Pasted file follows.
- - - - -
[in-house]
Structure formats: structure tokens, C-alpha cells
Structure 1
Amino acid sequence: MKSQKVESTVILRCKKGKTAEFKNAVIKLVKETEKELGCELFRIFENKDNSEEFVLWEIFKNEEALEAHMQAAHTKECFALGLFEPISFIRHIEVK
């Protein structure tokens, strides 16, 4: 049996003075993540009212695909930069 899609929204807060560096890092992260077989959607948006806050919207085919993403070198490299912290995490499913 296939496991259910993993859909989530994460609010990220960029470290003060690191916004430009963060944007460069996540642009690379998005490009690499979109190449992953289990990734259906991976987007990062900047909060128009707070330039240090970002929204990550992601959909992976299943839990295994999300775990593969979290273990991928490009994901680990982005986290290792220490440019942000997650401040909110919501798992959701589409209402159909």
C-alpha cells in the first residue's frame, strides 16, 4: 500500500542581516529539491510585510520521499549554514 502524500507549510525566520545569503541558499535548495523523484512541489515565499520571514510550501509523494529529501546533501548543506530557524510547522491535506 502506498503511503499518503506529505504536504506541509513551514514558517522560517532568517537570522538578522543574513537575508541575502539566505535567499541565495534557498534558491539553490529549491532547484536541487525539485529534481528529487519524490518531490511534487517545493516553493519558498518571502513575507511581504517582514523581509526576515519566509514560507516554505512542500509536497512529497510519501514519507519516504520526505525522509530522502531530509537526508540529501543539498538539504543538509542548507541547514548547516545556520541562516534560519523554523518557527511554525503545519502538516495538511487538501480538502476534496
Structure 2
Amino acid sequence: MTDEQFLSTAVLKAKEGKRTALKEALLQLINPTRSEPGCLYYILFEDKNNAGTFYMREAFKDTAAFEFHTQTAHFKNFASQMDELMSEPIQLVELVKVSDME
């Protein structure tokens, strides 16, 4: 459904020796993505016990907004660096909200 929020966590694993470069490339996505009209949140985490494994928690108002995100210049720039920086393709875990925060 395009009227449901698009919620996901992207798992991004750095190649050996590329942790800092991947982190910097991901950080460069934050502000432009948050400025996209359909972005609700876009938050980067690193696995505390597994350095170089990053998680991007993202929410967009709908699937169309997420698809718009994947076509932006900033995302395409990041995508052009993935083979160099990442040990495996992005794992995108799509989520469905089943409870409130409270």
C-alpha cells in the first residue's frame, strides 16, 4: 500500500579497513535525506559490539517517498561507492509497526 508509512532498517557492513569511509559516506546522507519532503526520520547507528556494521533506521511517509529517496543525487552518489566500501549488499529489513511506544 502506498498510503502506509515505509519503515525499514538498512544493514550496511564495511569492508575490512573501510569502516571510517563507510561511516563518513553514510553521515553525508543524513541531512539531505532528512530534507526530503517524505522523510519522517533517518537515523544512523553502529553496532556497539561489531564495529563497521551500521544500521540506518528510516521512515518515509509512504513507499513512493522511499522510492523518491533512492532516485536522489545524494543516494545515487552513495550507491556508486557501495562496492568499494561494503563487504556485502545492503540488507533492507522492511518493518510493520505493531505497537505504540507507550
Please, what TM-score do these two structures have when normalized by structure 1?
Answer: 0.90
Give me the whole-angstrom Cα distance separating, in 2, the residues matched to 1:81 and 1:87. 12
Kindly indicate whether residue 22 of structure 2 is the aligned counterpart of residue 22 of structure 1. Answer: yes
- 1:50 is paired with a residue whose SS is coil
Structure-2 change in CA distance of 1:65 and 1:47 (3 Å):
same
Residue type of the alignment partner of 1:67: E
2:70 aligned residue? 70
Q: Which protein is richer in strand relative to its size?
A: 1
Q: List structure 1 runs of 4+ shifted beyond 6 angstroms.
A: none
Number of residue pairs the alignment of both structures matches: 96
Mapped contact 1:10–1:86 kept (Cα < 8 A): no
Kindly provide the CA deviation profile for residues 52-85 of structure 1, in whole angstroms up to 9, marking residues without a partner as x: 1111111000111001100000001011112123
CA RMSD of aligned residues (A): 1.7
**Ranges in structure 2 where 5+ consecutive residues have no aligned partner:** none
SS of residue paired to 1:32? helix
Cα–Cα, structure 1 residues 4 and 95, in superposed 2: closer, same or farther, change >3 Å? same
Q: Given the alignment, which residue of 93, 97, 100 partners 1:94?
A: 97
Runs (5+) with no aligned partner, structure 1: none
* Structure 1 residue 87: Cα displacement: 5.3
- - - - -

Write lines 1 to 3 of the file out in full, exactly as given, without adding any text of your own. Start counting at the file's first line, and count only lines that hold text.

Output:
[in-house]
Structure formats: structure tokens, C-alpha cells
Structure 1